So, the smoky air from outside will never enter your room with a dual-hose portable AC.
I recommend getting a dual-hose air conditioner if you absolutely need a portable air conditioner, otherwise, you can also stick to the classic air conditioner choices.
Window air conditioner
Window air conditioners are safe to use when it’s smoky outside.
Most window air conditioners have just the same advantages as dual-hose portable air conditioners: They don’t suck in any outdoor air.
Some window air conditioners might have a ‘Fresh Air’-mode, which, when enabled, causes the air conditioner to suck in smoky air from outdoors. If your window AC has such a setting, then you can simply disable it and it will run on indoor air only.
“If your HVAC system or window air conditioner has a fresh air option (meaning it pulls in air from the outside), turn it off, close the intake, or set the system to recirculate mode.”EPA Indoor Air Quality guide
However, since it does not need two long hoses to blow heat, there are no insulation problems:
With portable air conditioners, the heat that’s supposed to leave your room partly reenters your room, because the hoses are made of cheap plastic and don’t insulate well.
A window air conditioner fixes this problem by not having any long paths for the air to take.
Because of that, they are more efficient than portable units!
Split air conditioner
Split AC units are safe to use when it’s smoky outside.
A split AC unit works technically the same as a dual-hose portable AC or a window AC. All of these don’t suck in air from the outdoors.
They suck in indoor air and blow that same air back into your room once it’s cooled.
Do air conditioners filter smoke?
Window air conditioners, split ACs and dual-hose portable air conditioners do not suck in outdoor air. So, there is no need to filter smoke.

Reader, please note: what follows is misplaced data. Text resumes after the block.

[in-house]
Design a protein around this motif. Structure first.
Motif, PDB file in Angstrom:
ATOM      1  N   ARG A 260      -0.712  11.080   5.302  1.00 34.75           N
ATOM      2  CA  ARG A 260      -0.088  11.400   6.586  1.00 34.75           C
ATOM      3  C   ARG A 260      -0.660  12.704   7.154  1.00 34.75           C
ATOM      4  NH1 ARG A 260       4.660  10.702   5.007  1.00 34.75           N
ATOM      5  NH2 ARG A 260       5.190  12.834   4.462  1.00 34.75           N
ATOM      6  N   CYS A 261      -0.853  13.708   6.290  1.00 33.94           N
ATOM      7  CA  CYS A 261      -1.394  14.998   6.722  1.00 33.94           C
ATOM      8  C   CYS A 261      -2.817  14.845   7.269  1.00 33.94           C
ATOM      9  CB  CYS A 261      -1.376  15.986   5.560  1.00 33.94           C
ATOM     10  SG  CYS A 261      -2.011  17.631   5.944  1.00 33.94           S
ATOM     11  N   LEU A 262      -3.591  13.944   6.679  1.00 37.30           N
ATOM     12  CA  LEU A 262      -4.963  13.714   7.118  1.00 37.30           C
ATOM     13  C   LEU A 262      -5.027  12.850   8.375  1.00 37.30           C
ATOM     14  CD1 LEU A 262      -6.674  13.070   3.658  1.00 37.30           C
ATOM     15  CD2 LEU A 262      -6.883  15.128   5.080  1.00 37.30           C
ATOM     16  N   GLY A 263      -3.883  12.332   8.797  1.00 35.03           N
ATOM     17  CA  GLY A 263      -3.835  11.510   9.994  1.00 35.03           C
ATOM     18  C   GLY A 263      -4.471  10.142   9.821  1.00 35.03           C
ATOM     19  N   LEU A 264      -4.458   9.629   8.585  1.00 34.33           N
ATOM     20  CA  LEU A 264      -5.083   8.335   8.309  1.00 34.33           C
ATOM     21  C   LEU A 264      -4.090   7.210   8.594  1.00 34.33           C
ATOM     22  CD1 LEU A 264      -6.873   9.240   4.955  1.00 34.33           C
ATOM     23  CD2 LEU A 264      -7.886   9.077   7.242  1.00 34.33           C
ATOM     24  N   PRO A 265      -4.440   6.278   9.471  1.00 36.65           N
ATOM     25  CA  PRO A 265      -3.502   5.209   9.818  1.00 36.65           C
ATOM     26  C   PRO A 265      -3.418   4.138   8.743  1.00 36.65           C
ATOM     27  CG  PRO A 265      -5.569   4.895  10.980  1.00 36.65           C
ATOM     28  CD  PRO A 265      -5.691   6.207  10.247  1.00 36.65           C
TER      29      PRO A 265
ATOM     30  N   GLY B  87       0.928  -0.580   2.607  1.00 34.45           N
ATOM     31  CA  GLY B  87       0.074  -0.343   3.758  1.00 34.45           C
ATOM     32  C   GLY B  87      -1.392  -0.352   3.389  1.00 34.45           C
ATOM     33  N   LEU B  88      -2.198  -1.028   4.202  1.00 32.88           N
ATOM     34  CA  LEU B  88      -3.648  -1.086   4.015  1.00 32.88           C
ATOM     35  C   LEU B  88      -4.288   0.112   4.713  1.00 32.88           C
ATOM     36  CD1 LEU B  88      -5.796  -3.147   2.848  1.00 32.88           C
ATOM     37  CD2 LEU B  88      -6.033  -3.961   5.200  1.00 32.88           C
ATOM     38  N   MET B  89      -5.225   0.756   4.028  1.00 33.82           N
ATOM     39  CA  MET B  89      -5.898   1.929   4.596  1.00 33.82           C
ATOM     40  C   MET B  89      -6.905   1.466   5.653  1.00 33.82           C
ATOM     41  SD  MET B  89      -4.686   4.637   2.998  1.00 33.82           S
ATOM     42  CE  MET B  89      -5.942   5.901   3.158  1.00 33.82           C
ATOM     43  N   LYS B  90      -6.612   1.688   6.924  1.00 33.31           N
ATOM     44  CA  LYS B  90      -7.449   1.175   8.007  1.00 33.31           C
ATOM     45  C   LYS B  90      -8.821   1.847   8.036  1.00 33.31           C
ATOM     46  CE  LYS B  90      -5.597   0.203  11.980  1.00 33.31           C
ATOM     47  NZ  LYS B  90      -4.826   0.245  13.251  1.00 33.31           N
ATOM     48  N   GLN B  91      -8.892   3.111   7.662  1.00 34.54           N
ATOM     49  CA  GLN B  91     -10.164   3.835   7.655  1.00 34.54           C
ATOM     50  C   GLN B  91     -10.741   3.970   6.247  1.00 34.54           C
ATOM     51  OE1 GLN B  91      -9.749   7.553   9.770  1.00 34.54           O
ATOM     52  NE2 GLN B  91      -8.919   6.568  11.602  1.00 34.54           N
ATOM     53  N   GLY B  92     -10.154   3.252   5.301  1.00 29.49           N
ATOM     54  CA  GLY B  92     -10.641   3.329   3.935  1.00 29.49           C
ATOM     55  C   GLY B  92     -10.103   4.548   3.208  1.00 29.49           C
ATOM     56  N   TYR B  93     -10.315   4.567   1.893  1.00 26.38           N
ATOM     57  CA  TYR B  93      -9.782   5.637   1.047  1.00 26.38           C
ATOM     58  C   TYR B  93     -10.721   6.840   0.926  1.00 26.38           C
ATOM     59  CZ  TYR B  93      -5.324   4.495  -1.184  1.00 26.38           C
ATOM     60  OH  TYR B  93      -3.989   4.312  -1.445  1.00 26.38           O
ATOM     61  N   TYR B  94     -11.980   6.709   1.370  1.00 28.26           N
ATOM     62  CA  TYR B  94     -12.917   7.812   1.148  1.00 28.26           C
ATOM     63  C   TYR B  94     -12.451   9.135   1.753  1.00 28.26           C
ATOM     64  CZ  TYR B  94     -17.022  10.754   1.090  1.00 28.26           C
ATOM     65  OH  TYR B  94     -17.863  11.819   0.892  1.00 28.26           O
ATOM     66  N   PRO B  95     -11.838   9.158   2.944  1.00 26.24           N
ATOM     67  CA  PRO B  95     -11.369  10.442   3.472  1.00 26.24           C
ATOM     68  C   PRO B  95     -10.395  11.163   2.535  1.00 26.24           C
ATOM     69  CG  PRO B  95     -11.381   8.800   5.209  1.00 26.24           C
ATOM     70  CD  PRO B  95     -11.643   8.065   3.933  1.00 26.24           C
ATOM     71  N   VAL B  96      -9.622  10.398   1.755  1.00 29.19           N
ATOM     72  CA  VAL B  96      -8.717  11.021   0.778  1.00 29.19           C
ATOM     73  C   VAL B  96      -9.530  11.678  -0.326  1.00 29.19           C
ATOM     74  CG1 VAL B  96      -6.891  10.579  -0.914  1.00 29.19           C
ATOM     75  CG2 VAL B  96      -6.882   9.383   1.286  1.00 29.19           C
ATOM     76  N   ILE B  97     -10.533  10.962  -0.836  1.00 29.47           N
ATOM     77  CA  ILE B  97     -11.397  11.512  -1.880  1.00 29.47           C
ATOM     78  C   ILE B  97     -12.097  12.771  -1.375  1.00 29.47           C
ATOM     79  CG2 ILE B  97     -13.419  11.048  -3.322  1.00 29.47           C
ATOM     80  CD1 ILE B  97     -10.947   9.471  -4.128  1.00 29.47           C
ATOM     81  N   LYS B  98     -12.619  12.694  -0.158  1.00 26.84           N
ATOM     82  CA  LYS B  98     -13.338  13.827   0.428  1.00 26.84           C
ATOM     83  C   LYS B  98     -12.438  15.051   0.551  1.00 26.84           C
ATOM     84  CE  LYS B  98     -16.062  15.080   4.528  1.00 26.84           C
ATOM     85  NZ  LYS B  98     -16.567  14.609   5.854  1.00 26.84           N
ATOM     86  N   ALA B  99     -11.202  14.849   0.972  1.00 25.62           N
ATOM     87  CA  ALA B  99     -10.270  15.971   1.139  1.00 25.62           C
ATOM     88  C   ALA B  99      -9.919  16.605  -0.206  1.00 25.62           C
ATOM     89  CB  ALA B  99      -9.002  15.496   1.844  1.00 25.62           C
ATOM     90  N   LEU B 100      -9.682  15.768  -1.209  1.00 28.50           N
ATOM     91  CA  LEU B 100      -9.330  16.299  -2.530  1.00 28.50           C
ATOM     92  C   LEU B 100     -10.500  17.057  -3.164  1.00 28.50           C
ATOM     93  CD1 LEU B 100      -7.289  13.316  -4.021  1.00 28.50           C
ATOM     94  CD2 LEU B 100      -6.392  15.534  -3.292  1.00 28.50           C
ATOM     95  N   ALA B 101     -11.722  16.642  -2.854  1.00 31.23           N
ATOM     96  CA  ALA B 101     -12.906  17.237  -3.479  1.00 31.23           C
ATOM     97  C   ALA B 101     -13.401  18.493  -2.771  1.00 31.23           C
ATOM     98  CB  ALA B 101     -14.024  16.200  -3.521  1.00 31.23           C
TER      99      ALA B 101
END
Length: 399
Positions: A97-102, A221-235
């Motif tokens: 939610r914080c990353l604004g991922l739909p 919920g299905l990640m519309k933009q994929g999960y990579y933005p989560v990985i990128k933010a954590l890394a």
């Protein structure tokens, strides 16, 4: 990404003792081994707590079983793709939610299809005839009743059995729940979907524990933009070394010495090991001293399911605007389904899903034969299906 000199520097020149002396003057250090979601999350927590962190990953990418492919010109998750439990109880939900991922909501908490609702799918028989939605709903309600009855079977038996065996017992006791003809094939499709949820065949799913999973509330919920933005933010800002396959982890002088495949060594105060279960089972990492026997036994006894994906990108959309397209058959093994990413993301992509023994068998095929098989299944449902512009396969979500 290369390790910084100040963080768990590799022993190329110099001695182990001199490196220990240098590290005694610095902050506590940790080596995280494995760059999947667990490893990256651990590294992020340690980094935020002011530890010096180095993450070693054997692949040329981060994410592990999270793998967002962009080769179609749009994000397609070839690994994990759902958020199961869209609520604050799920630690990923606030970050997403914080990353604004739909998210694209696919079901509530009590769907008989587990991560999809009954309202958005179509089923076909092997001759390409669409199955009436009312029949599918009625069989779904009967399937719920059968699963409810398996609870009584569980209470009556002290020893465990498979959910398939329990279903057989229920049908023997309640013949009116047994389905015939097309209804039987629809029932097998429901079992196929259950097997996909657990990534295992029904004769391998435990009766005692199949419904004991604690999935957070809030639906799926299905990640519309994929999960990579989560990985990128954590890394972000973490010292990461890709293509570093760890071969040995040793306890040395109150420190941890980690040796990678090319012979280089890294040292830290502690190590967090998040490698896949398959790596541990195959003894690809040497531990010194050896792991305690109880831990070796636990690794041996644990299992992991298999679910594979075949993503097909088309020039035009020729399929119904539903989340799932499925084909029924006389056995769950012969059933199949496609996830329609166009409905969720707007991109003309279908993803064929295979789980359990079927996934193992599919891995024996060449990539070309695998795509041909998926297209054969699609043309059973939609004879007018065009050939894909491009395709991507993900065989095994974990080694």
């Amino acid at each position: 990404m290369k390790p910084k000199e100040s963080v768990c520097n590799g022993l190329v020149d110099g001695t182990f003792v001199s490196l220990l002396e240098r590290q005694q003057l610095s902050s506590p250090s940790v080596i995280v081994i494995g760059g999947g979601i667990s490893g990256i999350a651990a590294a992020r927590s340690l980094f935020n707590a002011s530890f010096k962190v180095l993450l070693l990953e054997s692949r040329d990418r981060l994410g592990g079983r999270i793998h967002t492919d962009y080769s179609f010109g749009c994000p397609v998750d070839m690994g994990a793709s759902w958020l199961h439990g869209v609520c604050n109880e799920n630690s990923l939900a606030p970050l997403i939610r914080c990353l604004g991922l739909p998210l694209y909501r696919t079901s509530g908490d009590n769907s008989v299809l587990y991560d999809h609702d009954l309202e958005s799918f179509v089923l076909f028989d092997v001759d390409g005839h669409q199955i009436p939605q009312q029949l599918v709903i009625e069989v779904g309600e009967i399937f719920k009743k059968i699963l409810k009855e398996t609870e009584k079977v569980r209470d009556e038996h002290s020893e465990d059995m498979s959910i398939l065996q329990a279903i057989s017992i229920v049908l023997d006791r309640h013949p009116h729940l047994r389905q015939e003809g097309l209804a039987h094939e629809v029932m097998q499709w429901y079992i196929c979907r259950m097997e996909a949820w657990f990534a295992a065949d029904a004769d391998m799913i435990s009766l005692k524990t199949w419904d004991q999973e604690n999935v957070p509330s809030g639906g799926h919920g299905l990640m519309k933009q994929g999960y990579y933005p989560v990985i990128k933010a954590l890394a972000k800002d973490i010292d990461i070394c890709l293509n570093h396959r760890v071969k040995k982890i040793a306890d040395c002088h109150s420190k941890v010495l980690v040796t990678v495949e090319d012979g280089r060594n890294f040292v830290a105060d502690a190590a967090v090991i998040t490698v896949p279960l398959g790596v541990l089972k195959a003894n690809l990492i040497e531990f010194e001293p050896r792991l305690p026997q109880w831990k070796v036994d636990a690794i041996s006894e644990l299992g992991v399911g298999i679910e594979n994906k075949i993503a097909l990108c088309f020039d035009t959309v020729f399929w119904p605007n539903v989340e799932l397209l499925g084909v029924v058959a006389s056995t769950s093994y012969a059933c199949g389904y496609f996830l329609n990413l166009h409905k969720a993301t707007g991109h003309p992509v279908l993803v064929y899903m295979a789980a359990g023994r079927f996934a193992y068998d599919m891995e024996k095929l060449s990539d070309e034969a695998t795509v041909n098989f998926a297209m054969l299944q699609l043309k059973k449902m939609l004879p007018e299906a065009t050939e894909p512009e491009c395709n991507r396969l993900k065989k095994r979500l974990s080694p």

A single-hose portable air conditioner or an evaporative cooler will suck in outdoor air, but won’t filter the smoke.
In general, single-hose portable air conditioners are cheaply made, and the air filter is one aspect of the system where manufacturers save money.
I would not trust them to put a good air filter in the air conditioner.
So, if you want filtered air with an air conditioner, then you should insert your own HEPA filter.
Still, I would not recommend running the air conditioner when it’s smoky outside. Because if something goes wrong, then you will have a smoky indoors.
And you won’t be able to get rid of that!
Will evaporative coolers filter smoke?
Evaporative coolers won’t filter smoke, unless you installed your own certified HEPA filter. And even then, there’s the risk of the filter not being fully sealed and causing smoke to get sucked into your indoors.
I recommend not running any single-hose portable air conditioners or outdoor-connected evaporative coolers when it’s smoky outside (during a wildfire or nearby an industrial area).
Instead, you should buy a proper dual-hose air conditioner, a window AC or a split AC.
All of these air conditioner types don’t suck in any outdoor air and you can safely run them when it’s smoky outside.